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  • Caton, Steven C.. 2014. “Henri Bergson in highland Yemen.” In The ground between: Anthropologists engage philosophy, eds. Veena. Das, Michael Jackson, Arthur Kleinman, and Bhrigupati Singh, 234253. Durham, NC: Duke University Press.

    • Crossref
    • Search Google Scholar
    • Export Citation
  • Cruikshank, Barbara. 1997. The will to empower: Democratic citizens and other subjects. Ithaca: Cornell University Press.

  • Dalsheim, Joyce. 2015. “There will always be a Gaza war: Duration, abduction and intractable conflict,” Anthropology Today 31(1): 811. https://doi.org/10.1111/1467-8322.12152

    • Crossref
    • Search Google Scholar
    • Export Citation
  • Day, Sophie, Evthymios Papraziarchis and Michael. Stewart, eds. 1999. Lilies of the field: Marginal people who Live for the moment. Boulder, CO: Westview Press.

    • Search Google Scholar
    • Export Citation
  • de Pina-Cabral, João. 2018. “Filiation as a crossroads in Bahia.” Anthropology Today 34 (2): 58. https://doi.org/10.1111/1467-8322.12418

    • Search Google Scholar
    • Export Citation
  • Greenhouse, Carol J.. 2019. “Times life the present: Political rupture and the heat of the moment.” In Ruptures: Anthropologies of discontinuity in times of turmoil, eds. Martin. Holbraad, Bruce. Kapferer, and Julia F. Sauma, 7092. London: UCL Press.

    • Crossref
    • Search Google Scholar
    • Export Citation
  • Hage, Ghassan. 2009. “Waiting out the crisis: On stuckedness and governmentality.” In Waiting, ed. Ghassan. Hage, 97106. Melbourne: Melbourne University Press.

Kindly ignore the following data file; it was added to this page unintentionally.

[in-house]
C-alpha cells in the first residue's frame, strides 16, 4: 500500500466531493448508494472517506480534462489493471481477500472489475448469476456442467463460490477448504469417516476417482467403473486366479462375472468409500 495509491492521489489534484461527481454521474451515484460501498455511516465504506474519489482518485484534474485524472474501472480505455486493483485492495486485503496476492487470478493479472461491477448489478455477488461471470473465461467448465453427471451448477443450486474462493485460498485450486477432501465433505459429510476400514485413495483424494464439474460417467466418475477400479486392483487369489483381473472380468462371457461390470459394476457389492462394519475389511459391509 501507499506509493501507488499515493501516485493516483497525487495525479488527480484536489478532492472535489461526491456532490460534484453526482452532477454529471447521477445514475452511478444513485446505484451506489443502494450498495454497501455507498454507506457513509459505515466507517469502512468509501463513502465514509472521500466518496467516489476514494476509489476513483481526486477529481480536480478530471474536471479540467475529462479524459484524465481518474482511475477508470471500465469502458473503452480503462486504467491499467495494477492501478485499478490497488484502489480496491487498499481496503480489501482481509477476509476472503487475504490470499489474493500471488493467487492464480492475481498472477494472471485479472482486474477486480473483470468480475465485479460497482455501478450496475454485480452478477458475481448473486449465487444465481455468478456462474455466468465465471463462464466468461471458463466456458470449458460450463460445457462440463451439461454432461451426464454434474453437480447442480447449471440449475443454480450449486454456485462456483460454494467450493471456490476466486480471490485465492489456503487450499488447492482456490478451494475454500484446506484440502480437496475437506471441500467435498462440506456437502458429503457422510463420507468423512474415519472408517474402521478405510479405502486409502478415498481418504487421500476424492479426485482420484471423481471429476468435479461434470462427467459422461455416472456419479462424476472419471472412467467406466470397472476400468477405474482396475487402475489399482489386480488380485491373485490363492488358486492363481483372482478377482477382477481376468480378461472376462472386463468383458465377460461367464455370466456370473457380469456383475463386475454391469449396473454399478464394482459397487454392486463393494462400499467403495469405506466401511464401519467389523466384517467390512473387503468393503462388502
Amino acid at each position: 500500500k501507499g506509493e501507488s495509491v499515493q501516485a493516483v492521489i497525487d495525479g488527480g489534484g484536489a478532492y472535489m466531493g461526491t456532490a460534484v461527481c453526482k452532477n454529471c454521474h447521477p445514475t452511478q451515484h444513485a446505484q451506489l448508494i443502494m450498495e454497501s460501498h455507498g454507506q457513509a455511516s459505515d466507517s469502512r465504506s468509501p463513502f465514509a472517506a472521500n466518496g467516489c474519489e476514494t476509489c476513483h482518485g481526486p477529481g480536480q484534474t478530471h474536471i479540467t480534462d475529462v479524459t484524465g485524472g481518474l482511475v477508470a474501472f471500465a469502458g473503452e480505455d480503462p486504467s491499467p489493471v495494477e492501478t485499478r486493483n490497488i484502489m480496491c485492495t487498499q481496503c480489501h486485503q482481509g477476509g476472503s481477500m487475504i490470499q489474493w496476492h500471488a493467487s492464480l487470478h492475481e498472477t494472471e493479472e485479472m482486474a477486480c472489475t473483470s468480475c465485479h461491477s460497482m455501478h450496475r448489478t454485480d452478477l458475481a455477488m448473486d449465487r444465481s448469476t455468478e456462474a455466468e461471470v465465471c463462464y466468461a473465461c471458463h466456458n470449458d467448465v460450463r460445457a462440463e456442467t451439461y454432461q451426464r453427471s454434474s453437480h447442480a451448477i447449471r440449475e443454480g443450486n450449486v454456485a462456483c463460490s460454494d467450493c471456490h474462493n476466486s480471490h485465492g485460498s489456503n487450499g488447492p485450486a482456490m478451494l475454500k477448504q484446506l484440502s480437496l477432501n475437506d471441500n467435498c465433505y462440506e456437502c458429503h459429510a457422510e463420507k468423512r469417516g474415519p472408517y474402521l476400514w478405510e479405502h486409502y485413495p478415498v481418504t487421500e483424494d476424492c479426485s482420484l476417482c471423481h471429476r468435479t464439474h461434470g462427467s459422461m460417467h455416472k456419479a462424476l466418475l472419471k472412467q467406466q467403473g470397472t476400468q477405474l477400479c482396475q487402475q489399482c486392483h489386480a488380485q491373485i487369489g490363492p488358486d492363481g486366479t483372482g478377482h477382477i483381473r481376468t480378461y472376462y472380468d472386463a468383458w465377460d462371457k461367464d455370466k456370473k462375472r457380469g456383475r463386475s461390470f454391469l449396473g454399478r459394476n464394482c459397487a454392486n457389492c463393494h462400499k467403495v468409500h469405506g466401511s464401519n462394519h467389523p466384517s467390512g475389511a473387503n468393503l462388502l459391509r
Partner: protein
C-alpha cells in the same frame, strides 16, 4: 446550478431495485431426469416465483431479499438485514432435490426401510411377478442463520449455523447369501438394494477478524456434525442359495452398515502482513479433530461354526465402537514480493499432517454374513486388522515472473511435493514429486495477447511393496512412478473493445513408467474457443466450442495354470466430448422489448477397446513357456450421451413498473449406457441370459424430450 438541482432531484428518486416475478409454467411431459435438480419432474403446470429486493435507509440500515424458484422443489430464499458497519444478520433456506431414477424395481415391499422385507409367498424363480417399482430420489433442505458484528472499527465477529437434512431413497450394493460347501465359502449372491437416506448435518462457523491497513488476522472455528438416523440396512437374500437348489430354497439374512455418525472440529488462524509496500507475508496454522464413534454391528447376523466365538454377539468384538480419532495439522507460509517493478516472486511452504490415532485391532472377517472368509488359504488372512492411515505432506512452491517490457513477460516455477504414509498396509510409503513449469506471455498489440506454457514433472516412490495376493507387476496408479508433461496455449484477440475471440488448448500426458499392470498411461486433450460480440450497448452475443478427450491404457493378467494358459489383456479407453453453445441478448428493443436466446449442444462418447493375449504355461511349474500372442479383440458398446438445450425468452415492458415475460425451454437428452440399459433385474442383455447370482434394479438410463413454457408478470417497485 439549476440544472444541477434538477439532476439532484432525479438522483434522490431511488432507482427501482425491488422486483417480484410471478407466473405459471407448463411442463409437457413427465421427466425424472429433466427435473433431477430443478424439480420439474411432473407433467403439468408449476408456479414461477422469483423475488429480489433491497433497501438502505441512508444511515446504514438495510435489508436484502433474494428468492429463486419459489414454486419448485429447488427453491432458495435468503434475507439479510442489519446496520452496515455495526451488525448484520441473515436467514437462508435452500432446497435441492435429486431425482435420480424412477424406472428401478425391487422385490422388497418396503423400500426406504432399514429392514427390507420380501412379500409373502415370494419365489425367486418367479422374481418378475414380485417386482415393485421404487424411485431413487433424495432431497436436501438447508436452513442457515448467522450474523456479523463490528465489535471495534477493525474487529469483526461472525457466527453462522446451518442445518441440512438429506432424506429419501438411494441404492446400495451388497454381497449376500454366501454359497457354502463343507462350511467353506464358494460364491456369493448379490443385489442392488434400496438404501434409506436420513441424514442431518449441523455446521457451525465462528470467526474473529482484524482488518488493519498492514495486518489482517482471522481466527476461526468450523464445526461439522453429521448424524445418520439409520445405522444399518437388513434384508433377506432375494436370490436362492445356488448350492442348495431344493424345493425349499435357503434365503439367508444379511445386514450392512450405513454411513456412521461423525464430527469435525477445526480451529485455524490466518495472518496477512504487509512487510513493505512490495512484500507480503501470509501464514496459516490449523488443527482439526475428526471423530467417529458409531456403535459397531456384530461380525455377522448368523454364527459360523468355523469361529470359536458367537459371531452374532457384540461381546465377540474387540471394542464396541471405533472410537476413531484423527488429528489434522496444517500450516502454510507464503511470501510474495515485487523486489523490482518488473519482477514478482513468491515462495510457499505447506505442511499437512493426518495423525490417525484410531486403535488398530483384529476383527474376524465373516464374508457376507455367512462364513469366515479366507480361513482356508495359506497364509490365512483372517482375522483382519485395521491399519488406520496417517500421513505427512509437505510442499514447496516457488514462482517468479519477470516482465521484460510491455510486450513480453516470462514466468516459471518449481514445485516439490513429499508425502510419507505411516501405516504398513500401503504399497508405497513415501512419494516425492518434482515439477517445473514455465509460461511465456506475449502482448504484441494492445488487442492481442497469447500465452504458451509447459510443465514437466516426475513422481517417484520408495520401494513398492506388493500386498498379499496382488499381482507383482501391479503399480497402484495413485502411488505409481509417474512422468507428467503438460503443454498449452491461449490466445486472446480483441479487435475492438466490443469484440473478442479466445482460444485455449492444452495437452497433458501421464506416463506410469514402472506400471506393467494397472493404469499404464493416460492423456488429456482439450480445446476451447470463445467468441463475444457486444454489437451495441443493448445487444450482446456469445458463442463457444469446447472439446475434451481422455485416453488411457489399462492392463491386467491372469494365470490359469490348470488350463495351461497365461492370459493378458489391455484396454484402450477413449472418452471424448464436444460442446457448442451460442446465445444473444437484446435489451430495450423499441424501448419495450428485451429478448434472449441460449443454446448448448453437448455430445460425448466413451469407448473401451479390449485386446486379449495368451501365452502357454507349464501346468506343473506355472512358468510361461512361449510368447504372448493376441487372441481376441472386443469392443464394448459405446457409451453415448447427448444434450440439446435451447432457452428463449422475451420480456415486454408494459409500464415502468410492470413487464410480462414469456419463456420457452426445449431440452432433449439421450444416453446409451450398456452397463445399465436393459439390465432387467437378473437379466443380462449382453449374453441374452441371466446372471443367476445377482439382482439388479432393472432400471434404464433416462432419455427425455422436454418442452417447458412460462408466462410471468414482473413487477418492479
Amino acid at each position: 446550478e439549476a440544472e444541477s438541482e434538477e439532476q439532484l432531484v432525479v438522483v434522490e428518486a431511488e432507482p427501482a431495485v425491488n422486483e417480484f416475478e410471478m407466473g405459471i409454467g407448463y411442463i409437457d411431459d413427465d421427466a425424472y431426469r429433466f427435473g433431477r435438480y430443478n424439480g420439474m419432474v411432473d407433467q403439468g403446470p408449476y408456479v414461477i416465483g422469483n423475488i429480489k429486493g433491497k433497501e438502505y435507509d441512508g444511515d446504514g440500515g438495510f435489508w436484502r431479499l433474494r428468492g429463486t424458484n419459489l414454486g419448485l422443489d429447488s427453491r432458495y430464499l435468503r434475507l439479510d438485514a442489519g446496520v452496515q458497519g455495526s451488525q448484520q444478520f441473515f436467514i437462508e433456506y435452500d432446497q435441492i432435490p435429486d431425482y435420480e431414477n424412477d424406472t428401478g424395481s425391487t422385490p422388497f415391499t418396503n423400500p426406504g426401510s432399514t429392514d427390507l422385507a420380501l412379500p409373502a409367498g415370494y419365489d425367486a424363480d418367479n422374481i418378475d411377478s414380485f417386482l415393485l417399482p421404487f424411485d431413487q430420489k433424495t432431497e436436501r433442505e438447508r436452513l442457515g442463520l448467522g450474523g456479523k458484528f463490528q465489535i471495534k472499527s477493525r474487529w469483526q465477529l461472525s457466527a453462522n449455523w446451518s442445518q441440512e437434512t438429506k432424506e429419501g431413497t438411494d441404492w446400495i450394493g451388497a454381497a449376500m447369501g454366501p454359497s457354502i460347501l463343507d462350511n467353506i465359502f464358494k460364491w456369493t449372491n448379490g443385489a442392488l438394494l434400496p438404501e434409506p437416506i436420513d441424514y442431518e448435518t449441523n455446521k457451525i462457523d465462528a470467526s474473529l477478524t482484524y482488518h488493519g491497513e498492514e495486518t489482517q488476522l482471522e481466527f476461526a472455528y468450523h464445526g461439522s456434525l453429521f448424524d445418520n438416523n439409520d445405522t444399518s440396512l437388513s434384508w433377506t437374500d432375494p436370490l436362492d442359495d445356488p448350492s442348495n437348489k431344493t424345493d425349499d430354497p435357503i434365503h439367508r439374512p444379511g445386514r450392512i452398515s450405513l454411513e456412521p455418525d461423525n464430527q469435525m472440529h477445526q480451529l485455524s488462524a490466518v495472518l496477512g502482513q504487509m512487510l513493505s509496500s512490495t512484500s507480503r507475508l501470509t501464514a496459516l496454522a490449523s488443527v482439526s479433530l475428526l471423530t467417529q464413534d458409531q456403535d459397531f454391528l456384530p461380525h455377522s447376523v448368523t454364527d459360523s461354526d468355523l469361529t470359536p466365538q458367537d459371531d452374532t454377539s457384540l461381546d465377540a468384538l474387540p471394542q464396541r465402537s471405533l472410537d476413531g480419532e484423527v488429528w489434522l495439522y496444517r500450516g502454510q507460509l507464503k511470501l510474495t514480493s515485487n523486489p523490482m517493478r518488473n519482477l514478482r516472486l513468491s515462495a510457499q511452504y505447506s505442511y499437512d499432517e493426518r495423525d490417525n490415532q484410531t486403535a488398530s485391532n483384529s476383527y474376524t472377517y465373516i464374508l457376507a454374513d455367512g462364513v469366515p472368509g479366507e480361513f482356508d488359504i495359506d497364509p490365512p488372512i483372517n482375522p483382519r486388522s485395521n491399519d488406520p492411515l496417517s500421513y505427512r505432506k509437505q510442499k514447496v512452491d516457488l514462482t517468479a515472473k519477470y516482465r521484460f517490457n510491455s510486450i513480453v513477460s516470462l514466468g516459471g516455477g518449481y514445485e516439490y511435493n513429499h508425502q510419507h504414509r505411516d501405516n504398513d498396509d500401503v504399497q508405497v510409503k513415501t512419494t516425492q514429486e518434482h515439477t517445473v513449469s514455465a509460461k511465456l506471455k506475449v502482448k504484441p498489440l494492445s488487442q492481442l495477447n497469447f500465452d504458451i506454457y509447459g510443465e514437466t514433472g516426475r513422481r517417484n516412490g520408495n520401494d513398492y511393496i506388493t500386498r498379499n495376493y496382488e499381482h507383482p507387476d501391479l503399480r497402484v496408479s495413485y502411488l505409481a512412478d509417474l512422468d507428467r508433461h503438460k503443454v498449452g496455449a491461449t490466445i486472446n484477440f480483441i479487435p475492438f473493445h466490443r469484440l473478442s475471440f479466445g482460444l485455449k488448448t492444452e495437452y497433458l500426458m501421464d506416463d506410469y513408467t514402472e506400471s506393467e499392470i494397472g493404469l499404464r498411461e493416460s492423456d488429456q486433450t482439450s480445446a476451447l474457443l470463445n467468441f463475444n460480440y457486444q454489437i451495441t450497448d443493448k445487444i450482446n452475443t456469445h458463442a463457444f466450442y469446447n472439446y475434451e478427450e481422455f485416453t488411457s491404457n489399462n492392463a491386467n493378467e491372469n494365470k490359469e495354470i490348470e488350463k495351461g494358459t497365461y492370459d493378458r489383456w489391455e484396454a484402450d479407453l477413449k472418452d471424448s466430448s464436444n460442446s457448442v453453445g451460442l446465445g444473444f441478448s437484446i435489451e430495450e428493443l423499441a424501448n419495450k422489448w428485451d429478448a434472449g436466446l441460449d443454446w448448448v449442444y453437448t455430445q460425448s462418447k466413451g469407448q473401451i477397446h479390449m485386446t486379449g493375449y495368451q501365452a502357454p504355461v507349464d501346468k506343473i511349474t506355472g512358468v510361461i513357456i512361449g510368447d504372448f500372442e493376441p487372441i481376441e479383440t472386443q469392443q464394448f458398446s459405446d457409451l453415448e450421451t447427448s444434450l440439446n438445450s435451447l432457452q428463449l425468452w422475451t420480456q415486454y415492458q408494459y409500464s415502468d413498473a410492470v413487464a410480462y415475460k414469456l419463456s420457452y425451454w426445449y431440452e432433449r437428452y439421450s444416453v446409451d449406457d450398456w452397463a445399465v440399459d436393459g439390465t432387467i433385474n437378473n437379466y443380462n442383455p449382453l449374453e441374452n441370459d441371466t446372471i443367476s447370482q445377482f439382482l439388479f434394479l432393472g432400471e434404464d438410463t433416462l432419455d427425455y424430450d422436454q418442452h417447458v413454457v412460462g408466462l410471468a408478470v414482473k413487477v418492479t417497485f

• Search Google Scholar
    • Export Citation
  • Holbraad, Martin, Bruce Kapferer, and Julia F. Sauma, eds. 2019. Ruptures: Anthropologies of discontinuity in times of turmoil. London: UCL Press.

  • Jansen, Stef. 2015. Yearnings in the meantime: “Normal lives” and the state in a Sarajevo apartment complex. Oxford: Berghahn.

  • Jansen, Stef, and Nauja Kleist, eds. 2016. “Introduction: Hope over time: Crisis, immobility and future-making.” History and Anthropology 27(4): 373392.

    • Crossref
    • Search Google Scholar
    • Export Citation
  • Koch, Insa. 2015. “The state has replaced the man.” Focaal: Journal of Global and Historical Anthropology 73: 8496. https://doi.org/10.3167/fcl.2015.730107.

    • Crossref
    • Search Google Scholar
    • Export Citation
  • Pedersen Morten, Axel. 2019. “Inner revolution: Reaction and rupture in a Danish Lutheran movement.” In Ruptures: Anthropologies of discontinuity in times of turmoil, eds. Martin. Holbraad, Bruce. Kapferer, and Julia F. Sauma, 93115. London: UCL Press.

    • Crossref
    • Search Google Scholar
    • Export Citation
  • Rogers, Peter. 2013. “Rethinking resilience: Articulating community and the UK riots.” Politics 33(4): 322333. https://doi.org/10.1111/1467-9256.12033

    • Crossref
    • Search Google Scholar
    • Export Citation
  • Rosaldo, Renato. (1989) 1993. Culture and truth: The remaking of social analysis. Boston: Beacon Press.

  • Sachs, Jeffrey. 2006. The end of poverty: Economic possibilities for our time. New York: Penguin Books.

  • Smith, Katherine. 2017a. “‘You don't own money, you're just the one who's holding it’: Borrowing, lending and the fair person in North Manchester.” Sociological Review Monographs 65(1): 121136. https://doi.org/10.1177/0081176917693528

    • Crossref
    • Search Google Scholar
    • Export Citation
  • Smith, Katherine. 2017b. “‘Don't call the cops on me, I won't call them on you’: Self-policing as ethical development’.” In Realising the city: Urban ethnographies of Manchester, eds. C. Lewis and J. Symons, 189204. Manchester University Press.

    • Search Google Scholar
    • Export Citation
  • Stack, Carol. 1974. All our kin: Strategies for survival in a black community. New York: Harper and Row.

  • Strathern, Marilyn. 2011. “What is a parent?” Hau 1(1). https://doi.org/10.14318/hau1.1.011.